People with type 2 diabetes can benefit from low dose of this medication

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In a recent study from the University at Buffalo, researchers found that an insulin-sensitizing drug can benefit patients with insulin resistance at lower doses than has typically been prescribed.

The result showed that low doses of pioglitazone used to treat diabetes in patients with insulin resistance may be preferable.

Pioglitazone is a potent insulin-sensitizing drug with anti-atherosclerotic properties, but adverse effects of weight gain and edema have limited its use.

In this study, the team examined patients who had a history of previous stroke or transient ischemic attack (TIA).

They assessed the benefits and risks of lower versus higher doses of pioglitazone taken by participants in a secondary prevention trial who had a history of stroke.

Insulin resistance is a common condition that is closely related to older age, increasing weight and genetic predisposition. And it affects the majority of patients with Type 2 diabetes.

Insulin resistance is also an established independent risk factor for vascular disease, including stroke and heart attack, and partly explains the link between diabetes and increased risk for these diseases.

The team says pioglitazone is currently used to treat patients with Type 2 diabetes.

The most recent American Heart Association/American Stroke Association guidelines on secondary stroke prevention list the drug as a Class 2B recommendation in patients with stroke who have insulin resistance and elevated glycated hemoglobin.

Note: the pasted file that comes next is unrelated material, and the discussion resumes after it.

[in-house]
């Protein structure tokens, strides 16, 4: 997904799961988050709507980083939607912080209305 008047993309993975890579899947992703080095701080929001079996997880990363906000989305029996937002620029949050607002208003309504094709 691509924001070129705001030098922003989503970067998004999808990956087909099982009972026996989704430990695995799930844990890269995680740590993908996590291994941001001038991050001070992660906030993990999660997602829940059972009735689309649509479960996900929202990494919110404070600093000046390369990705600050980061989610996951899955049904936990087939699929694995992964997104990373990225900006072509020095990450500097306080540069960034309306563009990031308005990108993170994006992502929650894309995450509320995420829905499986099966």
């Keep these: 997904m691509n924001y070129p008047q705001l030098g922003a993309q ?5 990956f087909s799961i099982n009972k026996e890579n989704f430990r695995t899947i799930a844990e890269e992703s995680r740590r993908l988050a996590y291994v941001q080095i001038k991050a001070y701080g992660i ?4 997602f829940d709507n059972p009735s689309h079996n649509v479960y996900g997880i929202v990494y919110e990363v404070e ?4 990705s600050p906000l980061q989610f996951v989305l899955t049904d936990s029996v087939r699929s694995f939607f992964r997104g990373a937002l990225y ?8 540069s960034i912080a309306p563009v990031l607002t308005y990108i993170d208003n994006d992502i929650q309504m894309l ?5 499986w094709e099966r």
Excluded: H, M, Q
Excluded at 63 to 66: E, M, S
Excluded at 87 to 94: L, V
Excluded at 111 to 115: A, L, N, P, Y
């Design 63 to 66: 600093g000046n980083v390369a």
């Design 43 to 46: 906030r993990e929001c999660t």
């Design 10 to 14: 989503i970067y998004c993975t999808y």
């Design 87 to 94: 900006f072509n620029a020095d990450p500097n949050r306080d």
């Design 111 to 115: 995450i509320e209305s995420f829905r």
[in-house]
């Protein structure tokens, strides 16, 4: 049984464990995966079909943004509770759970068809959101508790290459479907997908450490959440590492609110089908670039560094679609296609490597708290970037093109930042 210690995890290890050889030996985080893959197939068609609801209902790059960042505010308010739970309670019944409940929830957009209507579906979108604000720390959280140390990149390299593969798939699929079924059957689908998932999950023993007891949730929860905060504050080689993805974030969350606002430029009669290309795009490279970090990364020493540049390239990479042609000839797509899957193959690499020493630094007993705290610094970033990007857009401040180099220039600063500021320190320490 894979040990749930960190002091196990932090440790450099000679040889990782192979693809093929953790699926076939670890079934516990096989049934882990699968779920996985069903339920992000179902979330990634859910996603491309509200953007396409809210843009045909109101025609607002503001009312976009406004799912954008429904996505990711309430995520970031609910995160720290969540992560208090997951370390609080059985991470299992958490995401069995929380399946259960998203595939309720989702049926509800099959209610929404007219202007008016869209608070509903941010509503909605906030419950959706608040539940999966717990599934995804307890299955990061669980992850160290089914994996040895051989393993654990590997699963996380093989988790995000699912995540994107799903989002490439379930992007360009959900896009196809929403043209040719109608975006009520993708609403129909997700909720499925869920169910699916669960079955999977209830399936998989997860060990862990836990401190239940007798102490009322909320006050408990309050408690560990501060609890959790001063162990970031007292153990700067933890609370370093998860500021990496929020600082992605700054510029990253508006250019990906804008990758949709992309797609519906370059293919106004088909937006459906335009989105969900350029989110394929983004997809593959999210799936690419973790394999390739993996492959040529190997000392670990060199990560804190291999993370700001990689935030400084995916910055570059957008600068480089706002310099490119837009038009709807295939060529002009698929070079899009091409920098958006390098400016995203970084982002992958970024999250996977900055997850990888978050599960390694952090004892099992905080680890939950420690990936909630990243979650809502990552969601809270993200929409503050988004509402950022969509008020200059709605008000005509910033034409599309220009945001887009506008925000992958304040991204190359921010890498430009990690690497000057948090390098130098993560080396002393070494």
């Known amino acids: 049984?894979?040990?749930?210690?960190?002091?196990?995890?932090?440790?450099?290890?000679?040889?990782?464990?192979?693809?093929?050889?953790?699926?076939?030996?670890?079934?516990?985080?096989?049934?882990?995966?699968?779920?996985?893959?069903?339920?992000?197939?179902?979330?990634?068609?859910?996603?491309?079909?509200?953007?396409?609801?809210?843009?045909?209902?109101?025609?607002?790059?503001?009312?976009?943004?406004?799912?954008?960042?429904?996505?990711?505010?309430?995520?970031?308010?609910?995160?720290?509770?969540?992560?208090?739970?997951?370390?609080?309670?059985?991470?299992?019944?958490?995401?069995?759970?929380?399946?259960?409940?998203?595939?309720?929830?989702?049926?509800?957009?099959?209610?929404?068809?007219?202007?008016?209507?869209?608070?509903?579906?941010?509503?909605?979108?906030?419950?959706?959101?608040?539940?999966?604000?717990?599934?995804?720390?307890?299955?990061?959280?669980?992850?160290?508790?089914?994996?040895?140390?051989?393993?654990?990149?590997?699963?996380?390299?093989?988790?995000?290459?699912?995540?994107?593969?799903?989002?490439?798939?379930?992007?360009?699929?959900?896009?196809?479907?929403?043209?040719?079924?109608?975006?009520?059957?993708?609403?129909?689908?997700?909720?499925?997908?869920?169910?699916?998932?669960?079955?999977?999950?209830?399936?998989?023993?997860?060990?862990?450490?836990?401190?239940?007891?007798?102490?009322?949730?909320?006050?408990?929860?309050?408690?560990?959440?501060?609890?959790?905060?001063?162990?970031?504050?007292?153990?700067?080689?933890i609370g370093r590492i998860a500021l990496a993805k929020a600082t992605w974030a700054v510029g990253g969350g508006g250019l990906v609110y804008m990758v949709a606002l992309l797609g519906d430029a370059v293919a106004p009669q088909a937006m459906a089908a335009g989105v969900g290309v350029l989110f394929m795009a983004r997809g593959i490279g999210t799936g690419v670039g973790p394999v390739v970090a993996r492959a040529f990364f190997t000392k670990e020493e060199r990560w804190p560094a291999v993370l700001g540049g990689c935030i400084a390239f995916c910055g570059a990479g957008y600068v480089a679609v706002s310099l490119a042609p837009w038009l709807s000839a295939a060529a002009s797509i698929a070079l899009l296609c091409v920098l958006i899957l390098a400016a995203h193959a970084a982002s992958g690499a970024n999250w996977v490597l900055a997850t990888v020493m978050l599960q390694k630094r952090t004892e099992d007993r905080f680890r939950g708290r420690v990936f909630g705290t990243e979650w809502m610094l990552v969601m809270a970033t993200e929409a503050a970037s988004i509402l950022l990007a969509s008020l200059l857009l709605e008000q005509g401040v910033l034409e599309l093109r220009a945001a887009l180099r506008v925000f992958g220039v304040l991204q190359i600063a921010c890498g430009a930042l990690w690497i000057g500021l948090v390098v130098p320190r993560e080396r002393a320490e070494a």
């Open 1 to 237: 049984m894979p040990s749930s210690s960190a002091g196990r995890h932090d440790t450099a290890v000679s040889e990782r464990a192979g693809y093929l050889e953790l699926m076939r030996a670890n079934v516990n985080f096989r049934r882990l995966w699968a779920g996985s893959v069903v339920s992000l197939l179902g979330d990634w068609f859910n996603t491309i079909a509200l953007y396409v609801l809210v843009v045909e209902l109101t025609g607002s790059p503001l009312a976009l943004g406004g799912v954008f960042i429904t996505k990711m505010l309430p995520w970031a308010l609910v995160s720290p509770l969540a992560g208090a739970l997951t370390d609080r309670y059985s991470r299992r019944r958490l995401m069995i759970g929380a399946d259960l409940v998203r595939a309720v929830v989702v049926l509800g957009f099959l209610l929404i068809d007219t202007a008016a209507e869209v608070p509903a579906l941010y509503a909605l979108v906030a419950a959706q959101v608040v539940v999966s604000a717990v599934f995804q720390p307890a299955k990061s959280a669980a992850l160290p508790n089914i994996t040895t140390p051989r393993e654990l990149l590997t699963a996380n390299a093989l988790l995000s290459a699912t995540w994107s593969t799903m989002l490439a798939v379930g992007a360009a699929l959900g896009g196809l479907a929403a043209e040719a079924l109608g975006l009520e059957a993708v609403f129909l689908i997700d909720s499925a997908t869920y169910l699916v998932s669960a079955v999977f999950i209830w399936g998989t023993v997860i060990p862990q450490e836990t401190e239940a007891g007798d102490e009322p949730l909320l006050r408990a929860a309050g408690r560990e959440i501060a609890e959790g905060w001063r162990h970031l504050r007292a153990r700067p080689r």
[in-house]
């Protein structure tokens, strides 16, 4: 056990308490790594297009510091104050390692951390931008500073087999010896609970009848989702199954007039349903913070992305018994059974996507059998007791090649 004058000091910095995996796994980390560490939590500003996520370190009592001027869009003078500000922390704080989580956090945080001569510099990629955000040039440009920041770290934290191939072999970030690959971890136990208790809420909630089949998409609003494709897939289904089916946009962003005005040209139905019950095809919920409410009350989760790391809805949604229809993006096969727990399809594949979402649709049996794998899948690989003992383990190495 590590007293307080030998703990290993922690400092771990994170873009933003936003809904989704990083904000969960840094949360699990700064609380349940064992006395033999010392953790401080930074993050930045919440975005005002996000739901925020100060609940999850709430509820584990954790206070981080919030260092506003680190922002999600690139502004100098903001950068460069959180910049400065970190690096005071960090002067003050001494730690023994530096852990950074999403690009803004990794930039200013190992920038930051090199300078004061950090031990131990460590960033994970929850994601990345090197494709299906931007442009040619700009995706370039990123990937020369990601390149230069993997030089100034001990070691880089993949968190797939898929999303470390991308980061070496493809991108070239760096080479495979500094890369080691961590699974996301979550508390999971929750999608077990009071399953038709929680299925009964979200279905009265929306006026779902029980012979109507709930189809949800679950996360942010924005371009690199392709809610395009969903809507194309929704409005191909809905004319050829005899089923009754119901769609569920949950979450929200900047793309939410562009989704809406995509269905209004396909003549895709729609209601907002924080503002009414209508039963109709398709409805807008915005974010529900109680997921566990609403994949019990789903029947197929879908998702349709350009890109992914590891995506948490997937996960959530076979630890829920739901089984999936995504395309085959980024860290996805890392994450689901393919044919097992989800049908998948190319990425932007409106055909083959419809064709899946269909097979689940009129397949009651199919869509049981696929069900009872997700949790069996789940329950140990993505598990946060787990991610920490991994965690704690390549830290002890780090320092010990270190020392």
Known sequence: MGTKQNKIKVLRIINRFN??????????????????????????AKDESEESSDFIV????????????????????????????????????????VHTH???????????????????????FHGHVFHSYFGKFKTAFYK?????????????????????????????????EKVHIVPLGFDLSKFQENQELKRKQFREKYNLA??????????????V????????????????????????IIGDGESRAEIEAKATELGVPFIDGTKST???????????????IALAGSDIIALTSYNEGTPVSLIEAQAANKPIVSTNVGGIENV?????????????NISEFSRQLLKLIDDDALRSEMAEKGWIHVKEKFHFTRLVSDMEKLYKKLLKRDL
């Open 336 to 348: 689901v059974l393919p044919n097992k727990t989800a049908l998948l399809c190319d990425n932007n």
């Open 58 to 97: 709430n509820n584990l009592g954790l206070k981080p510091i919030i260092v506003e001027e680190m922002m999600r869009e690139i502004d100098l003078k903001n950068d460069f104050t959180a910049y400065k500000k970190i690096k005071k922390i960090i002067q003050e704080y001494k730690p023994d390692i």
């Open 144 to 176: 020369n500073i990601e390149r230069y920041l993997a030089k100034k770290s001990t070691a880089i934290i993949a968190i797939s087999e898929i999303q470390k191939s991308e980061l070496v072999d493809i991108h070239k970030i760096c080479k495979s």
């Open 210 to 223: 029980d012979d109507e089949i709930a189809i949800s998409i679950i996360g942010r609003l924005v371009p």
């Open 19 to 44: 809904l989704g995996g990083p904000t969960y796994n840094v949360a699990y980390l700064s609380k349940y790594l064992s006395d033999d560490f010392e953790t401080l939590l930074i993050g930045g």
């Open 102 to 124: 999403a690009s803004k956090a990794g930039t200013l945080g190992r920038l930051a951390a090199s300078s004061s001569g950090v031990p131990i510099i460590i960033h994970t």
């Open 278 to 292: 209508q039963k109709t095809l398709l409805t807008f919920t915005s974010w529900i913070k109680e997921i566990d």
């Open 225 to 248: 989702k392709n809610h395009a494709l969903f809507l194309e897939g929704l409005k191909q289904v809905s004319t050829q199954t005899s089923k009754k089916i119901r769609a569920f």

The team says this recommendation stems directly from the findings of the Insulin Resistance Intervention in Stroke (IRIS) trial.

They instigated the reanalysis of the IRIS study because he has been prescribing pioglitazone over the past decade at a low dose of 15 milligrams with excellent results of glycemic control without the side effects of weight gain and edema.

The IRIS study demonstrated that pioglitazone not only reduced heart complications but also reduced the progression of prediabetes to diabetes.

Furthermore, since pioglitazone is a generic drug, it is inexpensive compared to insulin.

The team says pioglitazone must be used prior to insulin, especially since subcutaneously injected insulin has no protective effect on cardiovascular complications.

If you care about diabetes, please read studies about common food that could improve your blood pressure, blood sugar, and two drugs that could lower blood sugar in type 2 diabetes.

For more information about health, please see recent studies about wearable air sampler that could detect personal exposure to coronavirus, and results showing two paths toward ‘super immunity’ to COVID-19.

The study is published in Diabetes, Obesity, and Metabolism and was conducted by Paresh Dandona et al.

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